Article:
Michigan Senate Republicans on Jan. 15 introduced a statement bill signaling intent to reform the state’s no-fault auto insurance reform law, using their first proposal of the two-year session to renew calls to reduce rates.
House Republicans also are set to aggressively target auto insurance reforms and on Jan. 14 announced plans to create a temporary special committee to consider options.
Senate Bill 1 does not include specific reform proposals but will serve as a starting point for future negotiations on how to cut rates that regularly rank among the highest in the nation.
“The singular goal here is to reduce auto insurance rates across the state,” said Amber McCann, a spokeswoman for Senate Republicans, who have a 22-16 majority over Democrats.
Sen. Aric Nesbitt, a Lawton Republican who helped shepherd major energy policy legislation through the House in late 2016, will lead the auto insurance reform push this term in the upper chamber.
Debate is expected to include past proposals to create a no-fault fee schedule for hospitals and eliminate a unique mandate requiring all auto insurance plans to guarantee unlimited lifetime medical benefits and instead give motorists the option to choose reduced-price, reduced-coverage policies.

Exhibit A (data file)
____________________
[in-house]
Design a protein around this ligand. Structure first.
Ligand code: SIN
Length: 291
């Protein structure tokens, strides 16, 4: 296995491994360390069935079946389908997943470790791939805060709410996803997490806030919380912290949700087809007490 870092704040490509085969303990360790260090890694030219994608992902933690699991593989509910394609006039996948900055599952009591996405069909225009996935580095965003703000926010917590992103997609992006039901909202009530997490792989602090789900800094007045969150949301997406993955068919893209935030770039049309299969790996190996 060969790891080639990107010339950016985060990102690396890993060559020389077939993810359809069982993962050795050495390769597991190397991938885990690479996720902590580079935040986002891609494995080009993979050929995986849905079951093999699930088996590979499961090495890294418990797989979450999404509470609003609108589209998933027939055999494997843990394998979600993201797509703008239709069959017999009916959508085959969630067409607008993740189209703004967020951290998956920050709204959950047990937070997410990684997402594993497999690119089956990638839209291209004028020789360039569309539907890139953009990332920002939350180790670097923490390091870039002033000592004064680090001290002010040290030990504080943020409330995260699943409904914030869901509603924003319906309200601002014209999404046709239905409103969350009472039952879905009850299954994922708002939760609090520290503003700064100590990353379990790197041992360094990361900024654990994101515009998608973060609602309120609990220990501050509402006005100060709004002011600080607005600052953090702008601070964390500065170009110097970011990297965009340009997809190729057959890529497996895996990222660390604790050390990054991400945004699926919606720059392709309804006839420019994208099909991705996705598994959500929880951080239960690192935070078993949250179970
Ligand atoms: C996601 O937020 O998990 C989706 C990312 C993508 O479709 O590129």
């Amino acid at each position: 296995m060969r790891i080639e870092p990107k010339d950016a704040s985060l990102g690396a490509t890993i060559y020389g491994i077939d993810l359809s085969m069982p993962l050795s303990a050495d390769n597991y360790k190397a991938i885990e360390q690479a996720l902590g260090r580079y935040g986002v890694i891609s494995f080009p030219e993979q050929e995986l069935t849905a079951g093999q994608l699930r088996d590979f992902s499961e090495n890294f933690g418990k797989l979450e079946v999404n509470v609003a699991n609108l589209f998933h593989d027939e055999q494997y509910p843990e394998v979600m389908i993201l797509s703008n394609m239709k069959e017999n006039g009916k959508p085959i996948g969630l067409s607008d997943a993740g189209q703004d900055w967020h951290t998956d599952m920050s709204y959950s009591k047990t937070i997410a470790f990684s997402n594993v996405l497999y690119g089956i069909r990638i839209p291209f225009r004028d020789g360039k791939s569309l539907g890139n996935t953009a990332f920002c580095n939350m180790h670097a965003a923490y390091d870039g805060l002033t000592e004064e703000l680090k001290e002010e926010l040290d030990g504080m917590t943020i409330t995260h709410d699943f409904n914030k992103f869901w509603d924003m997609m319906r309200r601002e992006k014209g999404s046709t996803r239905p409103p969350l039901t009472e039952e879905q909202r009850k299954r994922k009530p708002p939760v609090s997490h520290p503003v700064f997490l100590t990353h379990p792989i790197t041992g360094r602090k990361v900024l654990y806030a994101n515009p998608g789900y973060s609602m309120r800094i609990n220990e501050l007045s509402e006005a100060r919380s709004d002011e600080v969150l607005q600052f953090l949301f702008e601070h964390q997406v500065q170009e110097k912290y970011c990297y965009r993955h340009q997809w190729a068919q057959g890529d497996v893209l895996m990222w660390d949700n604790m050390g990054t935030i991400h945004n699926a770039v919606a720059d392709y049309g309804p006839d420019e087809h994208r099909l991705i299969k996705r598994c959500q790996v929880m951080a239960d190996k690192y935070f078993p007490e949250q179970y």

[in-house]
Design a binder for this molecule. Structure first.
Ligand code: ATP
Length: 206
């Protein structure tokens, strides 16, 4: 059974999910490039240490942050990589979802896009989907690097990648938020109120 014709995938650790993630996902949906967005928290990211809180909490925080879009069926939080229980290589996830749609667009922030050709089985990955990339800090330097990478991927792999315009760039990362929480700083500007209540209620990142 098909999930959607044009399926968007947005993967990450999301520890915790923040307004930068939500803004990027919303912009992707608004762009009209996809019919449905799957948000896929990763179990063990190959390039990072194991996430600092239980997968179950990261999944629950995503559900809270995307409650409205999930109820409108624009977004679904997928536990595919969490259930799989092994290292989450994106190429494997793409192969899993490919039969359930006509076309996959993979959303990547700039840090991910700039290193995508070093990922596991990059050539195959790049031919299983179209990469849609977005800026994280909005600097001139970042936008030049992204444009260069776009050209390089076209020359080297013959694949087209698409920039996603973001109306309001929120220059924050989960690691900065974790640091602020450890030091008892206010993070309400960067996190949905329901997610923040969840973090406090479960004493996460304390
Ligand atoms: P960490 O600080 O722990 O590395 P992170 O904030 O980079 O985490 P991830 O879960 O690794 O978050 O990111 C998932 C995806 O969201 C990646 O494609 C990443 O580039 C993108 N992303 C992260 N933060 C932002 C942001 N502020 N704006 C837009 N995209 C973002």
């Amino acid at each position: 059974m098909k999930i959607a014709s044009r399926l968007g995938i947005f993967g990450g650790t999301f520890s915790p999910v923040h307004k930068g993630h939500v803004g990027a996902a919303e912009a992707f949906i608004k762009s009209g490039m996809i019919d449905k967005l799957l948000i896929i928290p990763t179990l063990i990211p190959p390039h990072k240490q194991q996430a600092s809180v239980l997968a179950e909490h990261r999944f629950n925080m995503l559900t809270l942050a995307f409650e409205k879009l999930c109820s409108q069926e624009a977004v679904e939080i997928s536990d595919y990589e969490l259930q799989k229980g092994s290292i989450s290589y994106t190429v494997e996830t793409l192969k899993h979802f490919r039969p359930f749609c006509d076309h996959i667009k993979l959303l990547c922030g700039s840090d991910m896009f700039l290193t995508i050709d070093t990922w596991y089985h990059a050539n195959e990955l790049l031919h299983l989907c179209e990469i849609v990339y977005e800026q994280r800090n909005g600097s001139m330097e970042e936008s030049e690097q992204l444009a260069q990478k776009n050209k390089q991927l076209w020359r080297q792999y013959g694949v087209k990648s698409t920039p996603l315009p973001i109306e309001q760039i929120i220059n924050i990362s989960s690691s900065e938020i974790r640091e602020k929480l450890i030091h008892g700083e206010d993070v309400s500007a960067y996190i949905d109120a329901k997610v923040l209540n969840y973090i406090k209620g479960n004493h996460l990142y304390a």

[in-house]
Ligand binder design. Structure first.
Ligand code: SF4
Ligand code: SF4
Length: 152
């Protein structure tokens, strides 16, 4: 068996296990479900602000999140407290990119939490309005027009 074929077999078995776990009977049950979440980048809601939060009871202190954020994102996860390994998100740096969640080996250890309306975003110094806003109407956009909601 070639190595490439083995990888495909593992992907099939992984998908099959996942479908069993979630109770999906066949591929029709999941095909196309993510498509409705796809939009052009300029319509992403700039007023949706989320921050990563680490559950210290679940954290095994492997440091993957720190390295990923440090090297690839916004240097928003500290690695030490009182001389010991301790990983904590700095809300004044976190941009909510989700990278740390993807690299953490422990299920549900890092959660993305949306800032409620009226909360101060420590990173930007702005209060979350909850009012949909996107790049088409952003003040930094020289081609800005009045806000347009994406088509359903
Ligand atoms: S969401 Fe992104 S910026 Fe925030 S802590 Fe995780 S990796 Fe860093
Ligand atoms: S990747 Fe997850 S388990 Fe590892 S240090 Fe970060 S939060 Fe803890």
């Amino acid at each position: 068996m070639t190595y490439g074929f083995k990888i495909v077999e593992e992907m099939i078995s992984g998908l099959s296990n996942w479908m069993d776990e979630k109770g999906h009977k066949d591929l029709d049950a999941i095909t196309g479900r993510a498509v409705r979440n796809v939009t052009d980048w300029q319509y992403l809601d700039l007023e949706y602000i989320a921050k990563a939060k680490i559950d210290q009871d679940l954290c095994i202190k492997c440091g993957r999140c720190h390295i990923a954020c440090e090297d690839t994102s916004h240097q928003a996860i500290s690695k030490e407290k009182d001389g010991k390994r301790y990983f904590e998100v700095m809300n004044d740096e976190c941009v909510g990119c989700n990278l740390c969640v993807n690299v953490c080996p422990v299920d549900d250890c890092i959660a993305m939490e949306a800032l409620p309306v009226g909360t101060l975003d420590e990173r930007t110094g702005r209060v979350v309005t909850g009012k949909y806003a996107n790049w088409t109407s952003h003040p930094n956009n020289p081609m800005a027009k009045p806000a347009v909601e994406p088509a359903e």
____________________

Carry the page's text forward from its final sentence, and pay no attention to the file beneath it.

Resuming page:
“Everything needs to be on the table as we begin this,” Nesbitt told reporters. "I'd like to see some choice provided to drivers. I’d like to see ways to control costs to make sure that we’re … making our rates more affordable.”
Democratic Gov. Gretchen Whitmer, with whom Republican legislators will have to work on any major reforms, also vowed to address the state’s high auto insurance rates as part of her campaign plan to fight urban poverty. The state must prohibit “redlining” by prohibiting insurers from setting rates based on geography and other non-driving factors, Whitmer said.
Attorney General Dana Nessel, who also took office Jan. 1, on Jan. 15 announced the creation of a new Auto Insurance Fraud Specialist position in her office and named Keisha Glenn to the post. The Detroit native “spent six years fighting against auto insurance fraud in metro Detroit” as an attorney at Hackney Grover, PLLC and Scarfone & Green, P.C., Nessel’s office said.